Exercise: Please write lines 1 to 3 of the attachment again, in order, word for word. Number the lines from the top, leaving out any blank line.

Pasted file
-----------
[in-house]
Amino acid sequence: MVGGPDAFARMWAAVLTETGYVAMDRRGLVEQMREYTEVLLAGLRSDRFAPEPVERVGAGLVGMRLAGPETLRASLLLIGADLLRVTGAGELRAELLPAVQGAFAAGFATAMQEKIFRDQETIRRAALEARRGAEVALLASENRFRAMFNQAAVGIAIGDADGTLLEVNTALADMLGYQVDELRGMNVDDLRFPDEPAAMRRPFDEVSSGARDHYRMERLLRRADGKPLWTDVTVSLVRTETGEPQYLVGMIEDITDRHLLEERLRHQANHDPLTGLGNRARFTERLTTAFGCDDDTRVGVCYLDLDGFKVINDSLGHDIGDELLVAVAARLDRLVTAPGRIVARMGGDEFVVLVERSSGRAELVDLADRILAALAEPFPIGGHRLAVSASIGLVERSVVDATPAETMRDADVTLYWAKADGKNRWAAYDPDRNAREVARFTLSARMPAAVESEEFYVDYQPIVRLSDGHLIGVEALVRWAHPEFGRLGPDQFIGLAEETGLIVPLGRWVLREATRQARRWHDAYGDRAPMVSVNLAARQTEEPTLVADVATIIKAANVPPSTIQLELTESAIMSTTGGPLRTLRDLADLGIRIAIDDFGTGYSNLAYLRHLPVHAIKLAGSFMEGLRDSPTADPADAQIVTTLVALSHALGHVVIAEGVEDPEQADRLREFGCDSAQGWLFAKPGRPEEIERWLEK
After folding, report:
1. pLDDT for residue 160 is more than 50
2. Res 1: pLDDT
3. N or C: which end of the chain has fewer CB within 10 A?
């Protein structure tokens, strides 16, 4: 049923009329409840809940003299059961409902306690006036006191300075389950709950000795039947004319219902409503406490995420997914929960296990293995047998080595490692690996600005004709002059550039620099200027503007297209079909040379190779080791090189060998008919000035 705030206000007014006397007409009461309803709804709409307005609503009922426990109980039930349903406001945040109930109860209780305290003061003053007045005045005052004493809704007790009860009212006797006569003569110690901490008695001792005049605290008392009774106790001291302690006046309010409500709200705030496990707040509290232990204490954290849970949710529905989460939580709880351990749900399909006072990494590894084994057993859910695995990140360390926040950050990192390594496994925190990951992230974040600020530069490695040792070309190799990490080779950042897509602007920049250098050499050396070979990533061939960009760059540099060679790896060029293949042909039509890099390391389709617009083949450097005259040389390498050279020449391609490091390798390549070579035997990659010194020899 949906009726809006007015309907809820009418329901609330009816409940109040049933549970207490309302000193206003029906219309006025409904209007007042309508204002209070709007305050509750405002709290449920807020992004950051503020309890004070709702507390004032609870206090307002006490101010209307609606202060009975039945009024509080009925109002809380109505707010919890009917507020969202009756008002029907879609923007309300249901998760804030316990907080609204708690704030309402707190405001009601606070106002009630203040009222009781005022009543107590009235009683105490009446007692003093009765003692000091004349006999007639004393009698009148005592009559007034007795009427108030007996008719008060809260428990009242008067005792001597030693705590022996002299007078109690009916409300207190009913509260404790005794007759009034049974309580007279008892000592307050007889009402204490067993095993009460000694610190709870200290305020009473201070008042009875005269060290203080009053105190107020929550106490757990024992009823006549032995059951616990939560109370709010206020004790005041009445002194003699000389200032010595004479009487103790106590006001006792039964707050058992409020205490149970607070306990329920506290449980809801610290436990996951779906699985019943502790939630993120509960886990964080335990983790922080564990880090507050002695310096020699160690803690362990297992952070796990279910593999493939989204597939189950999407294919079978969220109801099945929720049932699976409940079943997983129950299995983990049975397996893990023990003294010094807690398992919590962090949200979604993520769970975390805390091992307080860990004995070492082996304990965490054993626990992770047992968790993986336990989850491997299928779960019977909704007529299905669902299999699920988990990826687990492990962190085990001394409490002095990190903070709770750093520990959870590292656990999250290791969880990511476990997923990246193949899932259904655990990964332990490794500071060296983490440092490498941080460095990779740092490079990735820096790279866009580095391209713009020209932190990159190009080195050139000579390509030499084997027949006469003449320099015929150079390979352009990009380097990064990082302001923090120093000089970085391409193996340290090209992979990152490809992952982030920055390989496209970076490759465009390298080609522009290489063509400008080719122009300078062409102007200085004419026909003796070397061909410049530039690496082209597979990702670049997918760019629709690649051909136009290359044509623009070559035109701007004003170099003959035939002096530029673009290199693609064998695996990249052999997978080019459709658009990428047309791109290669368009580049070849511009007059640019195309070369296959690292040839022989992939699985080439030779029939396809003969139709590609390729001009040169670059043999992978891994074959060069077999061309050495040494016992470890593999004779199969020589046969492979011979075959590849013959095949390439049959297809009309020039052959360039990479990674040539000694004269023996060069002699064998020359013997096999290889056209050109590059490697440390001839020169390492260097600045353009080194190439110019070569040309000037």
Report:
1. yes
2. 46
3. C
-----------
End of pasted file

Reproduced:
[in-house]
Amino acid sequence: MVGGPDAFARMWAAVLTETGYVAMDRRGLVEQMREYTEVLLAGLRSDRFAPEPVERVGAGLVGMRLAGPETLRASLLLIGADLLRVTGAGELRAELLPAVQGAFAAGFATAMQEKIFRDQETIRRAALEARRGAEVALLASENRFRAMFNQAAVGIAIGDADGTLLEVNTALADMLGYQVDELRGMNVDDLRFPDEPAAMRRPFDEVSSGARDHYRMERLLRRADGKPLWTDVTVSLVRTETGEPQYLVGMIEDITDRHLLEERLRHQANHDPLTGLGNRARFTERLTTAFGCDDDTRVGVCYLDLDGFKVINDSLGHDIGDELLVAVAARLDRLVTAPGRIVARMGGDEFVVLVERSSGRAELVDLADRILAALAEPFPIGGHRLAVSASIGLVERSVVDATPAETMRDADVTLYWAKADGKNRWAAYDPDRNAREVARFTLSARMPAAVESEEFYVDYQPIVRLSDGHLIGVEALVRWAHPEFGRLGPDQFIGLAEETGLIVPLGRWVLREATRQARRWHDAYGDRAPMVSVNLAARQTEEPTLVADVATIIKAANVPPSTIQLELTESAIMSTTGGPLRTLRDLADLGIRIAIDDFGTGYSNLAYLRHLPVHAIKLAGSFMEGLRDSPTADPADAQIVTTLVALSHALGHVVIAEGVEDPEQADRLREFGCDSAQGWLFAKPGRPEEIERWLEK
After folding, report: